If the RBA’s most likely case of a once-in-a-century mining boom materialises, and unemployment continues to push down from its low 5.1 per cent level to the full-employment rate of around 4.75 per cent, inflation will start accelerating again in the absence of substantial rate increases.

There is, nevertheless, presently a schism amongst investors and economists as to whether the RBA will hike in October or November.

After weak building approval, house price, personal credit, and business credit data yesterday, which coincided awkwardly with strong employment data and solid housing credit growth, the futures market was pricing only a 50:50 probability that rates will rise next week.

Half the economists think the RBA should wait until we get the next inflation print at the end of October, which may provide them with the necessary ammunition to tighten in November. The 12 year RBA veteran, Paul Bloxham, falls into this camp.

The other half think that the RBA should go next week in advance of the third quarter CPI print precisely because it might be weak.

I look at the logic and can only arrive at one conclusion. The RBA is targeting through-the-cycle inflation. And the RBA tells us that they are changing the cash rate today to influence consumer prices up to two years away. It seems bizarre to then base today’s cash-rate deliberations on inflation outcomes over the prior three months rather than your forecasts for the future.

Many attribute the RBA’s failure to meet its price stability objectives over the last four years to this tendency to focus too much on current, as opposed to expected, inflation. More specifically, some low inflation prints in 2007 allegedly ‘head-faked’ the RBA into keeping rates on hold when it should have been tightening.

By delaying the decision until November the RBA is only reemphasising the importance of current data. If the third quarter inflation numbers then come out on the low side, it is going to be awfully difficult to justify to the market that you want to ignore them and still hike in November or December.

Another consideration is that a hike today only boosts lending rates by between 25 and 40 basis points, depending on what the banks do with their top-ups. Here the RBA’s Financial Stability Review, which was released yesterday, argued that the banks actually have no case to make top-ups. Net interest margins are at their highest levels since several years prior to the GFC while the banks’ return on equity and profitability are forecast to increase back to record levels.

Even assuming that the banks add on a full, say, 15 basis points, the headline mortgage rate will still only be 7.8 per cent. This is way below the 9.6 per cent peak reached in August 2008. Furthermore, the standard ‘discounted’ home loan rate will be a far lower 7.15 per cent. Since 1996, the headline mortgage rate has averaged 7.3 per cent. But discounted rates only emerged in the early 2000s, according to RBA data. This can hardly be described as super-tight policy.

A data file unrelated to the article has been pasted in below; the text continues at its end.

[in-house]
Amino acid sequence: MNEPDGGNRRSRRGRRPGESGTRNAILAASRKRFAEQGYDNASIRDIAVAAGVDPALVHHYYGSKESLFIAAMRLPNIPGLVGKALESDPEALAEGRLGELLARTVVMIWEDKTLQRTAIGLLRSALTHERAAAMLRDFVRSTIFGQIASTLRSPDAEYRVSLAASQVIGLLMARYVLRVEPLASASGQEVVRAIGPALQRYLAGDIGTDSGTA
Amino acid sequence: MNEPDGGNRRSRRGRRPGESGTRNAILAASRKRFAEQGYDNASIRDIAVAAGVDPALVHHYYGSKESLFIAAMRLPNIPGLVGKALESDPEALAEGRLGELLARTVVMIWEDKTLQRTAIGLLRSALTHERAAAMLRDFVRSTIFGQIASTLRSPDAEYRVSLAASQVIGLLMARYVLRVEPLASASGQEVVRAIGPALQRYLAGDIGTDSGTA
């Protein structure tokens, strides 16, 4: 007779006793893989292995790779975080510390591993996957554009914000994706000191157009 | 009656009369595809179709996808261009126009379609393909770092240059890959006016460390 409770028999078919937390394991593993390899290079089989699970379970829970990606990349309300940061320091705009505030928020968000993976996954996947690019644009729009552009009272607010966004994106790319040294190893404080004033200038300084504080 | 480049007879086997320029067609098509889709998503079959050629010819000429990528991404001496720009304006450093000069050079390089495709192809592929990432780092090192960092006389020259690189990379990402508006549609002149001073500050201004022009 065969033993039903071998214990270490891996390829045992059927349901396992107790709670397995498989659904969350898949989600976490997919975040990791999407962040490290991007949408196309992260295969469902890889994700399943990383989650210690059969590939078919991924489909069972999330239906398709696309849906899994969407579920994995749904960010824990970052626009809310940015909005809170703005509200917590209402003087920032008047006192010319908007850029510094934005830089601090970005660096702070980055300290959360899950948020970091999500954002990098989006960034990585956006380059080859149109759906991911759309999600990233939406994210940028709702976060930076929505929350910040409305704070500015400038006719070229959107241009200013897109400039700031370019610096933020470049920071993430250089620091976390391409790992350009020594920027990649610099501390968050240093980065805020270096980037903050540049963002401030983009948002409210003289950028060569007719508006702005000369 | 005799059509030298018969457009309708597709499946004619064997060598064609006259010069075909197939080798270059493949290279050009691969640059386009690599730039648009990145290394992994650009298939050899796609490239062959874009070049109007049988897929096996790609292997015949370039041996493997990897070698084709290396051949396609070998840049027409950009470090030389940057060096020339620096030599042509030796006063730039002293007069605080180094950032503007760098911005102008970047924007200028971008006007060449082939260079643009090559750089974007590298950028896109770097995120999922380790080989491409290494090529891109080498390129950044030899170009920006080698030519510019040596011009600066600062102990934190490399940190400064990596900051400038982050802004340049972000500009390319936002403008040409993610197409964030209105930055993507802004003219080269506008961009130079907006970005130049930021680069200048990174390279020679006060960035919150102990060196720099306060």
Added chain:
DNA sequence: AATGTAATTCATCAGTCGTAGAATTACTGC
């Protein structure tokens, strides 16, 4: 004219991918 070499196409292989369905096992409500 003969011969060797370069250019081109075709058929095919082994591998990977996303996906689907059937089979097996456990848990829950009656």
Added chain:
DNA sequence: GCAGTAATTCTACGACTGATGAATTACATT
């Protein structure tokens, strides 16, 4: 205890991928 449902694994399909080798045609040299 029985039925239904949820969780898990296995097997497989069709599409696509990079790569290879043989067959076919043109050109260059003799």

We know that unemployment is falling towards the level beyond which wage pressures start re-asserting. And we know that the current government is unlikely to foster labour market flexibility. At 1.2 per cent, the last GDP print was well above the economy’s trend rate of growth. But GNI, which measures the total income realised by Australian residents, is rising much more rapidly than GDP, which implies that households will soon have the capacity to ramp up spending, should they be so disposed. After 160 basis points of rate increases since 2009, house price growth has flat-lined but housing credit growth is still increasing robustly at a rate above 7 per cent per annum.

The risk for the RBA is that if they delay their decision until November, and the CPI print is low for some reason, they will find it awfully difficult to rationalise moving again until the first quarter of 2010. This would give households an extra five months to build above-trend momentum alongside the resources sector. And throughout this time rates would have been sitting in a neutral position.

Another criticism of the go-October position is that the RBA will not want to have to ‘reverse-out’ a hike if there is some global calamity in the future. The argument here is that the RBA likes to smooth interest rates and is paranoid about making policy errors.

Yet based on its inflation record over the last four years, the RBA has made repeated policy errors by under-clubbing its CPI forecasts. A hike in October removes the risk of relying on the next inflation read and being potentially pushed to the sidelines until 2010.

If there is a future global catastrophe that forces the RBA to change course, history will presumably judge the RBA’s May hike a mistake too. Either way you look at it, the RBA is going to have to reverse out recent hikes.

The arguably more important point here is the question of the RBA’s inflation-fighting credibility. The evidence shows that since the mid 2000s the RBA has lost a grip on its 2-3 per cent through-the-cycle target. If this pattern persists, the RBA will do its central banking brand enormous damage.

As I have argued before, the RBA has an asymmetric response function: it should, all things being equal, prefer inflation to undershoot rather than overshoot its target. Delaying the decision until November once again runs the risk of the RBA getting behind the rate curve.